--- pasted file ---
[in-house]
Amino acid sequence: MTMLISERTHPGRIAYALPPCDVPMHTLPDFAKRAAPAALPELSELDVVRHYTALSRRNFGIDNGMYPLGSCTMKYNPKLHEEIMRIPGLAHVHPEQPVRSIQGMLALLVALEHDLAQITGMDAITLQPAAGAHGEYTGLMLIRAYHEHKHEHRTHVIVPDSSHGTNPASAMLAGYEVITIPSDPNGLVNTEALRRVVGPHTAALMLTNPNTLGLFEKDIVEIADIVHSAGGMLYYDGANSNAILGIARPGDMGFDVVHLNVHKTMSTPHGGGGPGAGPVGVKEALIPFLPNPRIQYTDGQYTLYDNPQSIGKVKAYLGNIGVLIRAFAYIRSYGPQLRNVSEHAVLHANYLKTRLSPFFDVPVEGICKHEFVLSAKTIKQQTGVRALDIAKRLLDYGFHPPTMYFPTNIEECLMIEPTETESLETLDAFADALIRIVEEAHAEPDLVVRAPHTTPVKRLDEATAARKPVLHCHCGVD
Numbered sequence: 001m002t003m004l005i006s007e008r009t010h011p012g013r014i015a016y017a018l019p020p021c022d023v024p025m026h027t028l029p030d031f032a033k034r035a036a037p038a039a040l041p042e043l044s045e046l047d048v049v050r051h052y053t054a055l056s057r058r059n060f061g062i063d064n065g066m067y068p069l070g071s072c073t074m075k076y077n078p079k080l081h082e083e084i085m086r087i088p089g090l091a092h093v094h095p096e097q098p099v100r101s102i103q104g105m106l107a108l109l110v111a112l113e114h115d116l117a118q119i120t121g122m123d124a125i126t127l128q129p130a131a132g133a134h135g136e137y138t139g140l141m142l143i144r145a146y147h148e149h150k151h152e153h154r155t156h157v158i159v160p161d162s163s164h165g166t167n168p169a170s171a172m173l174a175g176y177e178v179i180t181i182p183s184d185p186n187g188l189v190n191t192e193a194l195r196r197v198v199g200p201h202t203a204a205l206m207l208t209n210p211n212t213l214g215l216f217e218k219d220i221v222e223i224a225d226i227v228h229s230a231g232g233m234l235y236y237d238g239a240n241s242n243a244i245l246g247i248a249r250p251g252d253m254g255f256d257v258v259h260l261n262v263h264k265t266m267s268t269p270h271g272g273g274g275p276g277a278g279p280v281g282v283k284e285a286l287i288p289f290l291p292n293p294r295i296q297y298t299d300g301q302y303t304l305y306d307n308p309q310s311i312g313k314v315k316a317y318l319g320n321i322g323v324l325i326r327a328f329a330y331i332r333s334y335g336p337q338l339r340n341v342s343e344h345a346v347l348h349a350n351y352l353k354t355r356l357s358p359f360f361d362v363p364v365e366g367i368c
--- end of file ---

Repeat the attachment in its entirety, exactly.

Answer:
[in-house]
Amino acid sequence: MTMLISERTHPGRIAYALPPCDVPMHTLPDFAKRAAPAALPELSELDVVRHYTALSRRNFGIDNGMYPLGSCTMKYNPKLHEEIMRIPGLAHVHPEQPVRSIQGMLALLVALEHDLAQITGMDAITLQPAAGAHGEYTGLMLIRAYHEHKHEHRTHVIVPDSSHGTNPASAMLAGYEVITIPSDPNGLVNTEALRRVVGPHTAALMLTNPNTLGLFEKDIVEIADIVHSAGGMLYYDGANSNAILGIARPGDMGFDVVHLNVHKTMSTPHGGGGPGAGPVGVKEALIPFLPNPRIQYTDGQYTLYDNPQSIGKVKAYLGNIGVLIRAFAYIRSYGPQLRNVSEHAVLHANYLKTRLSPFFDVPVEGICKHEFVLSAKTIKQQTGVRALDIAKRLLDYGFHPPTMYFPTNIEECLMIEPTETESLETLDAFADALIRIVEEAHAEPDLVVRAPHTTPVKRLDEATAARKPVLHCHCGVD
Numbered sequence: 001m002t003m004l005i006s007e008r009t010h011p012g013r014i015a016y017a018l019p020p021c022d023v024p025m026h027t028l029p030d031f032a033k034r035a036a037p038a039a040l041p042e043l044s045e046l047d048v049v050r051h052y053t054a055l056s057r058r059n060f061g062i063d064n065g066m067y068p069l070g071s072c073t074m075k076y077n078p079k080l081h082e083e084i085m086r087i088p089g090l091a092h093v094h095p096e097q098p099v100r101s102i103q104g105m106l107a108l109l110v111a112l113e114h115d116l117a118q119i120t121g122m123d124a125i126t127l128q129p130a131a132g133a134h135g136e137y138t139g140l141m142l143i144r145a146y147h148e149h150k151h152e153h154r155t156h157v158i159v160p161d162s163s164h165g166t167n168p169a170s171a172m173l174a175g176y177e178v179i180t181i182p183s184d185p186n187g188l189v190n191t192e193a194l195r196r197v198v199g200p201h202t203a204a205l206m207l208t209n210p211n212t213l214g215l216f217e218k219d220i221v222e223i224a225d226i227v228h229s230a231g232g233m234l235y236y237d238g239a240n241s242n243a244i245l246g247i248a249r250p251g252d253m254g255f256d257v258v259h260l261n262v263h264k265t266m267s268t269p270h271g272g273g274g275p276g277a278g279p280v281g282v283k284e285a286l287i288p289f290l291p292n293p294r295i296q297y298t299d300g301q302y303t304l305y306d307n308p309q310s311i312g313k314v315k316a317y318l319g320n321i322g323v324l325i326r327a328f329a330y331i332r333s334y335g336p337q338l339r340n341v342s343e344h345a346v347l348h349a350n351y352l353k354t355r356l357s358p359f360f361d362v363p364v365e366g367i368c